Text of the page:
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|The Impossible Child - Page 12|
Emotionally, a vulnerable side of him emerged. "I don't want anyone to be mad at me," he said when he heard even the slightest irritation in my voice. This was the boy I had so recently thought of as impervious to my wishes. It was now painfully obvious that he had always wanted to do the right thing.
One night at dinner I found myself repeatedly correcting him: Lower your voice. Don't lean back in your chair. Stop teasing your sister. You know you can't have dessert until you eat your food. No singing at the table. Don't interrupt me. Suddenly, my patience ran out and I yelled at him before I could stop myself. He cried inconsolably, a wellspring of discouragement and self-doubt.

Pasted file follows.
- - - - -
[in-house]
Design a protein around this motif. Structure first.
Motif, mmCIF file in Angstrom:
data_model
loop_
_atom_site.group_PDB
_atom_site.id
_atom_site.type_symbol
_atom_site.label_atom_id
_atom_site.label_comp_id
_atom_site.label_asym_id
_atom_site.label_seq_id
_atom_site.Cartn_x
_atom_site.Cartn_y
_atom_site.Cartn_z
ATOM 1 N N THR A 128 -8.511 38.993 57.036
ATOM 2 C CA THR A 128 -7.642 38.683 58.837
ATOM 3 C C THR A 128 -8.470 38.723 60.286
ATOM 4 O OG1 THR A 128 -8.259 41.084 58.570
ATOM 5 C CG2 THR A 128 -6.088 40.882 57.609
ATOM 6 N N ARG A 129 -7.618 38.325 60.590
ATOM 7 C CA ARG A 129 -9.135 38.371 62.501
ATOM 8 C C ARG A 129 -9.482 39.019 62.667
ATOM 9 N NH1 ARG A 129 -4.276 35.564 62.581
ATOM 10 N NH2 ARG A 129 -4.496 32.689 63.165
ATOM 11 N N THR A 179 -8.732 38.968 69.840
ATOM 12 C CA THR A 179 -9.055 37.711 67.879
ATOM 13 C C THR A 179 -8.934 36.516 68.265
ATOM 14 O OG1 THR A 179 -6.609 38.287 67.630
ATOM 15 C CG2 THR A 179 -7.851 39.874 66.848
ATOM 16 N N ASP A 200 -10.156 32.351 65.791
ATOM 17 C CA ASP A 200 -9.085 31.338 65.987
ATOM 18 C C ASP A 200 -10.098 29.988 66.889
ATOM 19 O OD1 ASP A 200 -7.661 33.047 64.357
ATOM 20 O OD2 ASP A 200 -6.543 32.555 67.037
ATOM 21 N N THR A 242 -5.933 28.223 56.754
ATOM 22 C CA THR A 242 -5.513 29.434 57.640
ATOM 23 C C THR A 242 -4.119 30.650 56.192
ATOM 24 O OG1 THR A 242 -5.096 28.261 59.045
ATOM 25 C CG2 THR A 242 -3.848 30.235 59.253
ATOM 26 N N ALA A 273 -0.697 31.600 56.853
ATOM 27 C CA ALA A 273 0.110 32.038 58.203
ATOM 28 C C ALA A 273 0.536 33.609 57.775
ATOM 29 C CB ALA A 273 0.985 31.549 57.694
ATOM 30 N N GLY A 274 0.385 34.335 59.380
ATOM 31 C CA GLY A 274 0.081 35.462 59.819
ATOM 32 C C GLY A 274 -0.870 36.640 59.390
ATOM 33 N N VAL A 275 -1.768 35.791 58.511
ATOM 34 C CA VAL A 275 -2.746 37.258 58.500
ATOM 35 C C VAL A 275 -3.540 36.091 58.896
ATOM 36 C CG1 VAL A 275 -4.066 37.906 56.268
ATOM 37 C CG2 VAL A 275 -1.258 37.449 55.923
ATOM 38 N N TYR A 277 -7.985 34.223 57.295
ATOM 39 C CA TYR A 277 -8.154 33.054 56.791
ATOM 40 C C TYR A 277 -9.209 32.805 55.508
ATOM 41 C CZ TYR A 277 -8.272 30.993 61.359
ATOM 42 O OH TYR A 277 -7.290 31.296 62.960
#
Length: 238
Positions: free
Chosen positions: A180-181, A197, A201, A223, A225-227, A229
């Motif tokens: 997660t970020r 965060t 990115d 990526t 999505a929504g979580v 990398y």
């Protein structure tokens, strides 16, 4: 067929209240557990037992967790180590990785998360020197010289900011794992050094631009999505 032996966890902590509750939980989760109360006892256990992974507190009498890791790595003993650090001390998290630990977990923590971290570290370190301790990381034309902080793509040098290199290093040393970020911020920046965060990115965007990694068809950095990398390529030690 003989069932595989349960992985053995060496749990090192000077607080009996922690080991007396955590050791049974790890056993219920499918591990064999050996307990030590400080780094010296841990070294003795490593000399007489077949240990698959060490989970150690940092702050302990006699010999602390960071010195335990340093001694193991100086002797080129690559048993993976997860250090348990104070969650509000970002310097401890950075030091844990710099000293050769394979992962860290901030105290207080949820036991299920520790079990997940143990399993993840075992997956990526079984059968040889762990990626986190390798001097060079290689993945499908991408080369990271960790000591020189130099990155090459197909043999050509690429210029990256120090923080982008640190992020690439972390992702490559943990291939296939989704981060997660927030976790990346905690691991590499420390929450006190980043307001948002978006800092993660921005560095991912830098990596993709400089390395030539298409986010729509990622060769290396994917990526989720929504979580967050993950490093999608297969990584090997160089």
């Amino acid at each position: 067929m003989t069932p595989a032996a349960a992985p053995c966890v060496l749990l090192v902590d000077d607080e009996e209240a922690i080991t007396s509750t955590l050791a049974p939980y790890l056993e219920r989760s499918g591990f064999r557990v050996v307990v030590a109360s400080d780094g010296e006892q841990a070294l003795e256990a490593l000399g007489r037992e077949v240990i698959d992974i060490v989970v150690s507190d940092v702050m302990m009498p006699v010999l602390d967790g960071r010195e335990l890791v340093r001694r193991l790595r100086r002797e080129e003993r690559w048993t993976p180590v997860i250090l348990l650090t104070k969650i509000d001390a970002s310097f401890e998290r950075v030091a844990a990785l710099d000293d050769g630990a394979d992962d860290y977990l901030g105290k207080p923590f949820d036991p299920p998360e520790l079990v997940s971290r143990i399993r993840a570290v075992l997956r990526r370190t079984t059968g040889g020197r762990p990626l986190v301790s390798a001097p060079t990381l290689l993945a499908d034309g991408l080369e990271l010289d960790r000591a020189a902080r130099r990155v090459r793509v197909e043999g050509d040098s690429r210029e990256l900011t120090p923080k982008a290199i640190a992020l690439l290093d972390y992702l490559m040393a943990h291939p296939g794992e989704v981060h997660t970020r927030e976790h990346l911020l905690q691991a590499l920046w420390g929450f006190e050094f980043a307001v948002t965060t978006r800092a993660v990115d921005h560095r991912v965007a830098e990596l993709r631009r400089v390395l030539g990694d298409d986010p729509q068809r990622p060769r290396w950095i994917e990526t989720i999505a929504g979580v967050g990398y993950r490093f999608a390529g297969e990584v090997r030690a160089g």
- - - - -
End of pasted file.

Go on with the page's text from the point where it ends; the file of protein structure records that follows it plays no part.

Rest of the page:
"Oh, I just hate it when this happens," he wailed. "What if it starts happening all the time? What if all my nights are bad nights? What if I never have a good night again?"
In my therapy office, I began to recognize children who were similarly misunderstood. Children described as angry now sounded hopeless; kids whose parents complained that they were stubborn seemed stuck. Defiance became a red flag for me--as did explosiveness and even hyperactivity. My map was changing: perhaps being out of control was a survival strategy for some kids.
Now I frequently hear myself defending kids' best intentions to their exasperated parents: Nothing would make your son happier than to please you. He wants to, but he can't-- and it's up to us to figure out why. I find myself comforting parents who blame themselves for not being in charge of their children: It's not your fault. You have not caused this. I tell them honestly that I know how it feels to say things to your child that you deeply regret. I give them permission to ease up: It's okay to give in. Love is more powerful than control.